Abstract

This paper addresses the issue of the tensile strength of incipient discontinuities in rock and presents preliminary results from a series of laboratory studies. In most rock masses rock discontinuities, as veins or incipient fractures, often retain some tensile strength that may approach that of the parent rock. This fact is of high importance to rock mass strength but is generally ignored, neglected or underestimated. Samples of incipient rock discontinuities including joints, bedding and mineral veins have been tested in direct tension. It has been confirmed that incipient, visible and discrete discontinuities, that might be recorded as ‘joints’ in a rock mass characterisation programme can indeed have high tensile strength, approaching that of parent rock. Others are of course far weaker. The factors contributing to tensile strength have been examined. It is concluded that the degree of incipiency of rock discontinuities needs to be differentiated in the process of rock mass classification and engineering design and this can best be done with reference to the tensile strength relative to that of the parent rock.

1 Introduction

Rock discontinuity is a collective term which encompasses joints, beddings, faults, layers and fissures, etc. Generally these fractures develop from an original incipient state with high tensile strength to fully mechanical discontinuities with zero tensile strength (Hencher & Knipe 2007). Incipient discontinuities have a controlling influence on many projects in terms of strength, deformability and permeability. For engineering simplification purpose, incipiency of rock discontinuities is usually neglected or underestimated. ISRM standard defines discontinuities have very low or zero tensile strength (ISRM 1978). Rock mass classification schemes such as Q system, RMR and RQD are defined on the basis of this engineering assumption which means that they all fail to resolve the issue of incipiency of discontinuities as well as varying degrees of tensile strength.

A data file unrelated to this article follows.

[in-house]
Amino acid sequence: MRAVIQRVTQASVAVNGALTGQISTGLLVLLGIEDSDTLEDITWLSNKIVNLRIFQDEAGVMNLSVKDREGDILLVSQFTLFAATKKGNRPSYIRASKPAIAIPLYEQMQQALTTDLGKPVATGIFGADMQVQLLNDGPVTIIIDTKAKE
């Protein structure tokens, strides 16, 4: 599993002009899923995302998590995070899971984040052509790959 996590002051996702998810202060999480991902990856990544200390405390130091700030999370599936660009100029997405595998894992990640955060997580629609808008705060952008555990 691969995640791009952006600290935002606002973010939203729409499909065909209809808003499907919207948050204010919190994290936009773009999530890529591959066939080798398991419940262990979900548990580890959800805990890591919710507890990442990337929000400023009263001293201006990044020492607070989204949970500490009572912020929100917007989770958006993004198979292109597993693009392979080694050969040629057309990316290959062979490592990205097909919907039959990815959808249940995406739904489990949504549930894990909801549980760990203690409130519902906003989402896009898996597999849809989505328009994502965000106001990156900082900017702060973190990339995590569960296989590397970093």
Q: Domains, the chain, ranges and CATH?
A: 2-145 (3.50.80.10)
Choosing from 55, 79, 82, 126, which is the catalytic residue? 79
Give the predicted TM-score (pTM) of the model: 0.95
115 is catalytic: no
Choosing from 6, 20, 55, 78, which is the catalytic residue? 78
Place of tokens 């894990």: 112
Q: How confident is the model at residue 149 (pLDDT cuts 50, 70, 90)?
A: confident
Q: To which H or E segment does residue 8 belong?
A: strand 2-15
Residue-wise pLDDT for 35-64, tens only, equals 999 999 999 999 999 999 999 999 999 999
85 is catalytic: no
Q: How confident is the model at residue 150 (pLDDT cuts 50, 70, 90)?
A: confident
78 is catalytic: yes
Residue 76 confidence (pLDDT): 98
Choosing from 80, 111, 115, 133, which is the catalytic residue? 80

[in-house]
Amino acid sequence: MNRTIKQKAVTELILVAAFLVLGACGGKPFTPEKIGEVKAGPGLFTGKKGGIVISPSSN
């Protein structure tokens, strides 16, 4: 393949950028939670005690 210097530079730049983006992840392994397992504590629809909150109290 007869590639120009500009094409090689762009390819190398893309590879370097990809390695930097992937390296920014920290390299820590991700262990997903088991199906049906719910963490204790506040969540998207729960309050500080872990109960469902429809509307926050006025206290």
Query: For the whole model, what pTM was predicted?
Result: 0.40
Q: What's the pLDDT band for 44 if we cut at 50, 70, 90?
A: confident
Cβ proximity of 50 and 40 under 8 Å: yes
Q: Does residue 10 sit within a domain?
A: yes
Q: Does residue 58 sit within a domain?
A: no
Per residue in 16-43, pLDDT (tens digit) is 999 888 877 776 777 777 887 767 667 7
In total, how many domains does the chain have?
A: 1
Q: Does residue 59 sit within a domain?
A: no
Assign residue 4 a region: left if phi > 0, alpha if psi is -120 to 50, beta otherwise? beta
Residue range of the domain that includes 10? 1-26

Degree of incipiency of rock discontinuities should not be neglected as it influences the overall strength of rock. Figure 1a presents an example of joint incipiency provided by Hencher when shearing a rock core. Light rock bridge segment is revealed after shearing test. Another incipient joint is shown in Figure 1b, intact rock bridges indicated by red arrows are shown after breaking along this fracture with geological hammer.

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